Sunday, December 23, 2012

Jacob G. Hornberger: No moral standing to criticize Putin

  The U.S. government’s ongoing dispute with Russian President Vladimir Putin reflects what a disaster the U.S. government’s “war on terrorism” has been, at least from the standpoint of moral standing.

  Ever since his election, Putin, harkening back to what he undoubtedly remembers as the fond days of the Soviet Union, has been taking harsh actions to suppress criticism of him, his actions, and his regime. To avoid being seen as an opponent of freedom of speech, however, he uses Russia’s system of a tightly regulated economy and a complex tax system to go after his critics by charging and prosecuting them with tax and regulatory violations.

  Putin’s actions should remind us Americans of the real value of a regulated economy and a complex tax code, at least from the standpoint of government officials. It provides a means by which governments can keep the citizenry in line because there is always some regulatory and tax provision that people, especially those in the business sector, have violated.

  Have you ever noticed that the heads of big U.S. companies and banks don’t speak out publicly against the federal government’s policies, especially those in foreign affairs? That’s because they know that the federal government can retaliate in the same way that Putin does. That’s what keeps the powerful heads of the business and banking arenas within the United States submissive, quiet, and compliant.

  One businessman, Joseph Nacchio, went the other way and, not surprisingly, paid a high price. When President Bush enlisted the support of various American telecoms to permit the federal government to engage in illegal monitoring of their customers’ accounts, many of them said yes. Not Nacchio, the CEO of Quest. The federal government took the same action against him that Putin takes against recalcitrant businessmen. It looked for tax and regulatory violations and went after Nacchio on some ridiculous insider-trading violation. They got him and he’s now in jail, much as many Russian businessmen are now in jail for ridiculous economic crimes for not going along with Putin.

  Back in 1963, immediately after he assumed the presidency, Lyndon Johnson engaged in the same sort of sordid tactics, as related in Robert Caro’s latest volume on Johnson, The Passage of Power. To suppress reporters who were delving a little too deep into Johnson’s illegal and unethical actions before he assumed the presidency, Johnson simply threatened newspaper owners and editors with IRS audits or unfavorable regulatory treatment. It worked. The newspapers got in line and suppressed the critiques. There is little doubt that major newspapers all across the United States got the message: Come after us and we’ll come after you with regulatory and tax violations or denial of favorable regulatory and tax benefits.

  Where the U.S. government lost all moral standing to criticize Putin was with respect to the U.S. government’s war on terrorism. When U.S. officials recently criticized Putin for his suppression of civil liberties, all Putin had to do was point to the actions of the U.S. government at Guantanamo Bay, Abu Ghraib, and elsewhere around the world as part of its war on terrorism.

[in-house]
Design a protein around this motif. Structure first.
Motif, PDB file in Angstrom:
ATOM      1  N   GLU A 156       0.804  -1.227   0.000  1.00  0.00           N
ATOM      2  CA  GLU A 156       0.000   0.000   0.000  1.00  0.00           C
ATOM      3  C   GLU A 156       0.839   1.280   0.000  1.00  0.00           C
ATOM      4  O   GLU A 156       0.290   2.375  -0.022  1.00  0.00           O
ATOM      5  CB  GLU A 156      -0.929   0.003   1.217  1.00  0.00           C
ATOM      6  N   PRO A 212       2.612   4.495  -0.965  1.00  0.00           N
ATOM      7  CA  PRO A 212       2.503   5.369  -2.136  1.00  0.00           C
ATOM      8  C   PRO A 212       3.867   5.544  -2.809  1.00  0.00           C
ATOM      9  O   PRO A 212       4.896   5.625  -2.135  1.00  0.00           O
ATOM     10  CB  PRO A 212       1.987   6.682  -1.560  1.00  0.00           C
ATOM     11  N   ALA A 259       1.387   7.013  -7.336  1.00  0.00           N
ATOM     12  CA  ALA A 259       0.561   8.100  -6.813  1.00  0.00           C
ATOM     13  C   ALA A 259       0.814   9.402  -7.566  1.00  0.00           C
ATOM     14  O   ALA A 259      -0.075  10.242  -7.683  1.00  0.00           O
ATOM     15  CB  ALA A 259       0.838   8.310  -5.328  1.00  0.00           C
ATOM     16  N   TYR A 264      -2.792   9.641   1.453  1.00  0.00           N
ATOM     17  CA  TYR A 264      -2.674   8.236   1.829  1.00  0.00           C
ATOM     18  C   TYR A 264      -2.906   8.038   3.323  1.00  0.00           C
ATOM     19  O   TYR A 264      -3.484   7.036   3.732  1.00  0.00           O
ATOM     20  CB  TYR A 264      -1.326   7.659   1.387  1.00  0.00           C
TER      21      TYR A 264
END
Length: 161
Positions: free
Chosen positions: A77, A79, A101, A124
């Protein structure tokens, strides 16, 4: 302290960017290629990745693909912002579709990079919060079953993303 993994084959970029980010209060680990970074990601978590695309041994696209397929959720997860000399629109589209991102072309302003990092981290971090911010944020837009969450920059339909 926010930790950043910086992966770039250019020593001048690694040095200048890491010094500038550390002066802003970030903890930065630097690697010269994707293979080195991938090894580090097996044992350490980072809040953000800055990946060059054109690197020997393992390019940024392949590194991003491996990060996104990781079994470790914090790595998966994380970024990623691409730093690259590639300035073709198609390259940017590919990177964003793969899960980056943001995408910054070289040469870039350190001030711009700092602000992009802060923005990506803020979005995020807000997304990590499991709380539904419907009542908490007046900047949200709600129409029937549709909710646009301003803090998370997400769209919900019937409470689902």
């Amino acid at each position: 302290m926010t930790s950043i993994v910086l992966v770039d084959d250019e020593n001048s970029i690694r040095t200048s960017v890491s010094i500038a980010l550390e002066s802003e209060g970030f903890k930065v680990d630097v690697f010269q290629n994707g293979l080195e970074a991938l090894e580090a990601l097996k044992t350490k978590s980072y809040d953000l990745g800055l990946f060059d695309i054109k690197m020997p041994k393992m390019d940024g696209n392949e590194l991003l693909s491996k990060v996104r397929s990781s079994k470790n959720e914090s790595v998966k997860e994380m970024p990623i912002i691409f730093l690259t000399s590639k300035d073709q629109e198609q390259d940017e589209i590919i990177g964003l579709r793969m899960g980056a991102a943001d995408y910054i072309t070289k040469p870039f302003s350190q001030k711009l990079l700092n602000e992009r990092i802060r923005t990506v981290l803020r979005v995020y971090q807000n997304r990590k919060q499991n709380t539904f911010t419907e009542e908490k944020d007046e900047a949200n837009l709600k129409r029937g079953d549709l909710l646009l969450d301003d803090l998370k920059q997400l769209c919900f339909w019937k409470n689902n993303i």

Kidnapping, indefinite detention, torture, abuse, rendition, assassination.

  That’s what Putin pointed to when the U.S. government criticized him for human-rights violations. He essentially said: How dare you criticize others for human-rights abuses when you have been doing those things to people for more than 10 years?

  What could the U.S. government say in response? It couldn’t say anything, at least not on that point. Ironically, it responded in the same way that Putin would respond: by imposing economic sanctions on Russian officials.

  But Putin is right. The discomforting fact is that the U.S. government has used its war on terrorism to embrace policies that are characteristic of totalitarian regimes, including communist ones.

  Oh, it’s all justified under “national security,” the two most meaningless, but also the two most important, words in the lives of the American people. Nonetheless, no one can deny that the U.S. government, with its war on terrorism, has been able to maneuver around the constraints in the Fourth, Fifth, Sixth, and Eight Amendments, including due process of law, trial by jury, protection from unreasonable searches and seizures, prohibition on cruel and unusual punishments, the right to confront adverse witnesses, and speedy trial — procedural rights that once distinguished America from the rest of the world.

  Putin’s actions remind us once again that democracy does not constitute freedom. Putin, like George W. Bush and Barack Obama, has been democratically elected. Nonetheless, he, like Bush and Obama, is exercising dictatorial powers over the citizenry. Democracy is good for achieving a peaceful transition of power but it is certainly no guarantee of freedom. Freedom turns on the extent to which government officials, including the president, lacks the powers to engage in totalitarian actions against the citizenry.

  About the author: Jacob G. Hornberger is founder and president of The Future of Freedom Foundation.

  This article was published by The Future of Freedom Foundation.

No comments:

Post a Comment